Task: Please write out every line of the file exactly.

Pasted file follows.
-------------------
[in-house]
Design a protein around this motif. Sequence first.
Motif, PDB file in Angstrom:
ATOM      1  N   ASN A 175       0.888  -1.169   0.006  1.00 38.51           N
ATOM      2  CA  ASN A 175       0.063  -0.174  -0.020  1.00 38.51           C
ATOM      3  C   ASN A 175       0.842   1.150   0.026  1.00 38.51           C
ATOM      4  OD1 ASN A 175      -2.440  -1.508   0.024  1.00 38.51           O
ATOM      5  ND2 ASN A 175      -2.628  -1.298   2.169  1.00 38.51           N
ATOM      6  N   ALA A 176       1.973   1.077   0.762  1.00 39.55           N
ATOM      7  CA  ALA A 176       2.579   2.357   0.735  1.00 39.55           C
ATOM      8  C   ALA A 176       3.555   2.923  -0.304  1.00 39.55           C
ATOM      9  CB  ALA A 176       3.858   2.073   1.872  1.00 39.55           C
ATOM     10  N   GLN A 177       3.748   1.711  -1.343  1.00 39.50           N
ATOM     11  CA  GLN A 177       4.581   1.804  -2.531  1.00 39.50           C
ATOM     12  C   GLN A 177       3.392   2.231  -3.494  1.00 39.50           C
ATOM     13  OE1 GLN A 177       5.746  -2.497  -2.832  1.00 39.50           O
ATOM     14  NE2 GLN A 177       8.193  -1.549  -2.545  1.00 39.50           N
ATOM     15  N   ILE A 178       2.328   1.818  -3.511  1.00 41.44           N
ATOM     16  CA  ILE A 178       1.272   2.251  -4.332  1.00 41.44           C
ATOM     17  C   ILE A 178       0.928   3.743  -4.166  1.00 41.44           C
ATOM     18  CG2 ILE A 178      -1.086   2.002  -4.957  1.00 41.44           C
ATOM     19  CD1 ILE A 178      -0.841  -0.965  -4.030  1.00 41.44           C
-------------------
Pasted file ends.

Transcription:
[in-house]
Design a protein around this motif. Sequence first.
Motif, PDB file in Angstrom:
ATOM      1  N   ASN A 175       0.888  -1.169   0.006  1.00 38.51           N
ATOM      2  CA  ASN A 175       0.063  -0.174  -0.020  1.00 38.51           C
ATOM      3  C   ASN A 175       0.842   1.150   0.026  1.00 38.51           C
ATOM      4  OD1 ASN A 175      -2.440  -1.508   0.024  1.00 38.51           O
ATOM      5  ND2 ASN A 175      -2.628  -1.298   2.169  1.00 38.51           N
ATOM      6  N   ALA A 176       1.973   1.077   0.762  1.00 39.55           N
ATOM      7  CA  ALA A 176       2.579   2.357   0.735  1.00 39.55           C
ATOM      8  C   ALA A 176       3.555   2.923  -0.304  1.00 39.55           C
ATOM      9  CB  ALA A 176       3.858   2.073   1.872  1.00 39.55           C
ATOM     10  N   GLN A 177       3.748   1.711  -1.343  1.00 39.50           N
ATOM     11  CA  GLN A 177       4.581   1.804  -2.531  1.00 39.50           C
ATOM     12  C   GLN A 177       3.392   2.231  -3.494  1.00 39.50           C
ATOM     13  OE1 GLN A 177       5.746  -2.497  -2.832  1.00 39.50           O
ATOM     14  NE2 GLN A 177       8.193  -1.549  -2.545  1.00 39.50           N
ATOM     15  N   ILE A 178       2.328   1.818  -3.511  1.00 41.44           N
ATOM     16  CA  ILE A 178       1.272   2.251  -4.332  1.00 41.44           C
ATOM     17  C   ILE A 178       0.928   3.743  -4.166  1.00 41.44           C
ATOM     18  CG2 ILE A 178      -1.086   2.002  -4.957  1.00 41.44           C
ATOM     19  CD1 ILE A 178      -0.841  -0.965  -4.030  1.00 41.44           C